Separately, Tunisia’s 92-year-old president, Beji Caid Essebsi, was hospitalized on Thursday after what his office said was a “severe health crisis.”
Officials did not disclose the nature of his illness but sought to tamp down rumors throughout the day that Essebsi had died, on a day already filled with anxiety.
Essebsi, a veteran political figure, became Tunisia’s first freely-elected leader in 2014, after a pro-democracy uprising ended the 23-year dictatorship of President Zine el-Abidine Ben Ali.
Tunisia has largely avoided the chaos that has plagued several other Arab countries in the aftermath of the 2011 Arab Spring revolts, such as Syria and Libya. But Tunisia’s tenuous transition to democracy has been threatened by arguments over how to deal with the crimes of past governments and over the nation’s identity moving forward.
Militant groups, including the Islamic State, have carried out periodic deadly attacks, threatening tourism, a cornerstone of Tunisia’s economy.
On Thursday, the first explosion happened shortly before 11 a.m., when a bomber approached a security patrol on Charles de Gaulle Street near the French Embassy in central Tunis. A police officer was killed. Ten minutes later, another bomber detonated explosives at a security installation in the Qarajani district, the Interior Ministry said.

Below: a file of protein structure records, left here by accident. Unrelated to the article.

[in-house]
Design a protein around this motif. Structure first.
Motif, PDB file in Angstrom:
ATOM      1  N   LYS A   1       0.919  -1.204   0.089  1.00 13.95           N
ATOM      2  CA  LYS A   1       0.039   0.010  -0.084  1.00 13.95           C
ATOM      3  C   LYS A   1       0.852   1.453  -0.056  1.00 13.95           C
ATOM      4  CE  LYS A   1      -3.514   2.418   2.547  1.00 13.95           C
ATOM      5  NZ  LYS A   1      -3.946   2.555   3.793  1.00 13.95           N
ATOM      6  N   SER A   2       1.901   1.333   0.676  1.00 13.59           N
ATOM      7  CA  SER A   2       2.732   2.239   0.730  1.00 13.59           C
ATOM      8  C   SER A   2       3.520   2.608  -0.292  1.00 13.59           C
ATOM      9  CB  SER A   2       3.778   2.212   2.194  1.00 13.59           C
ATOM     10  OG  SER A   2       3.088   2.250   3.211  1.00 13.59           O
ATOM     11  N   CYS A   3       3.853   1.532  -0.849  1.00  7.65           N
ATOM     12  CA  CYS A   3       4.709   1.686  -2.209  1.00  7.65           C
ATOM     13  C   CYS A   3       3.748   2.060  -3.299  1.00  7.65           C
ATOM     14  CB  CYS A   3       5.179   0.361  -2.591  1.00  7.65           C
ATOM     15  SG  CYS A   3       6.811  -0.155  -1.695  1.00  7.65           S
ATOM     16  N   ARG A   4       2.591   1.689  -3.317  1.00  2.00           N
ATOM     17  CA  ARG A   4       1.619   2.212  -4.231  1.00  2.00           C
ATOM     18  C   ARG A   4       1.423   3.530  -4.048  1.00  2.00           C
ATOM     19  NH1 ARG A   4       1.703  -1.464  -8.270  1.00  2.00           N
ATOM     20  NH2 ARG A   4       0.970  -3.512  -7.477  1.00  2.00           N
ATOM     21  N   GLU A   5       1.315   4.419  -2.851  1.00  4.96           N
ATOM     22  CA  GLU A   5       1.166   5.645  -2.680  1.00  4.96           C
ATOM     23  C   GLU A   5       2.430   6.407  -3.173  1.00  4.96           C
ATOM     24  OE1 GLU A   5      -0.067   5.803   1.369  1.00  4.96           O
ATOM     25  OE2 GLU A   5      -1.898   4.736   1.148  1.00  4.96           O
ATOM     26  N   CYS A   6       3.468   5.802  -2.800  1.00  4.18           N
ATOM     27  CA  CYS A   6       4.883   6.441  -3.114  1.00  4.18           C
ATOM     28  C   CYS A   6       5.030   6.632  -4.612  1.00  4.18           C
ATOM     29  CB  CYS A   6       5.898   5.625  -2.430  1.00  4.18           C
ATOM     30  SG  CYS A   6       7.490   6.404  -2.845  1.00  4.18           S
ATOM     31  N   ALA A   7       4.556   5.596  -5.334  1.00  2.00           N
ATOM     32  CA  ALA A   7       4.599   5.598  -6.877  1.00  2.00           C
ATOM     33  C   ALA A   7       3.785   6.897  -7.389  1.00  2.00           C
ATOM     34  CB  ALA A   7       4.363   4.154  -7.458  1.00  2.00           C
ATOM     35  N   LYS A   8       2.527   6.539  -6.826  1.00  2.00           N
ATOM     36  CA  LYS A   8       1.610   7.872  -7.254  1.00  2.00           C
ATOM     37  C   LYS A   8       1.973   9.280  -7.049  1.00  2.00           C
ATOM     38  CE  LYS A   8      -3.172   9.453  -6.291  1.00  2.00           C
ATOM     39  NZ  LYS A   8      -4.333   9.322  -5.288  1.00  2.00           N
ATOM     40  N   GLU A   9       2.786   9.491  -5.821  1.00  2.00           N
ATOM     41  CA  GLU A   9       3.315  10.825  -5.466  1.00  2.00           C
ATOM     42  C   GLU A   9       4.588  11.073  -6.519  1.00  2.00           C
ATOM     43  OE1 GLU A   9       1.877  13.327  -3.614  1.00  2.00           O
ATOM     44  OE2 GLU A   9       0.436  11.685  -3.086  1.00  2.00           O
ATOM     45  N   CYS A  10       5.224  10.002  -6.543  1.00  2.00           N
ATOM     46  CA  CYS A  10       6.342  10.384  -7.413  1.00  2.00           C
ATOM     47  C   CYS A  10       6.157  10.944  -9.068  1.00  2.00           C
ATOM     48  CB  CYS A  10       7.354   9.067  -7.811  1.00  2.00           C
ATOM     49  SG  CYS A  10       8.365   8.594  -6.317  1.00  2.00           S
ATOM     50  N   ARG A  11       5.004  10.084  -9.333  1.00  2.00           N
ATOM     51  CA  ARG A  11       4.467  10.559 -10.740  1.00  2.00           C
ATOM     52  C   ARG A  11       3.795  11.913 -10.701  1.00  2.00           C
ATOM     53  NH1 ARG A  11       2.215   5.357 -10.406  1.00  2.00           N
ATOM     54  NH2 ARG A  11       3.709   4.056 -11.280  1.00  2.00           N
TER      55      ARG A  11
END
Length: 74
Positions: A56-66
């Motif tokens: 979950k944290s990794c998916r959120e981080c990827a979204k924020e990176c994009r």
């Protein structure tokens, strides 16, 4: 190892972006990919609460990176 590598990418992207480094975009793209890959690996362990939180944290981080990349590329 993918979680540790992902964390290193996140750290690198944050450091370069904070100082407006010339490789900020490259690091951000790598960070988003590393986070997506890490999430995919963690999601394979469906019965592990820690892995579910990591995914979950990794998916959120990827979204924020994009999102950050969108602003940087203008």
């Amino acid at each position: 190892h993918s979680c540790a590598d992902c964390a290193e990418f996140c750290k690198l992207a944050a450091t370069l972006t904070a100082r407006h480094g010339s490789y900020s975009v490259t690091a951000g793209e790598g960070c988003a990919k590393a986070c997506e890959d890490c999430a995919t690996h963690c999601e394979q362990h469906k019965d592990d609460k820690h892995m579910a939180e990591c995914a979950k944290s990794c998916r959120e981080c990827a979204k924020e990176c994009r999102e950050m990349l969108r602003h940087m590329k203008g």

At least three civilians and several officers were injured in the blasts, according to the ministry. Video purporting to depict one of the attacks showed a group of police officers surrounding a wounded colleague, who appeared to be bleeding from the head.
In 2015, large-scale militant attacks on tourists killed at least 60 people and helped plunge the country into a recession, but such attacks have become increasingly rare.
In October, a female suicide bomber attacked a group of police officers on Habib Bourguiba Avenue, in central Tunis, near the site of one of Thursday’s bombings.
The attack wounded 20 people, including 15 police officers.
Zakaria Zakaria contributed to this report.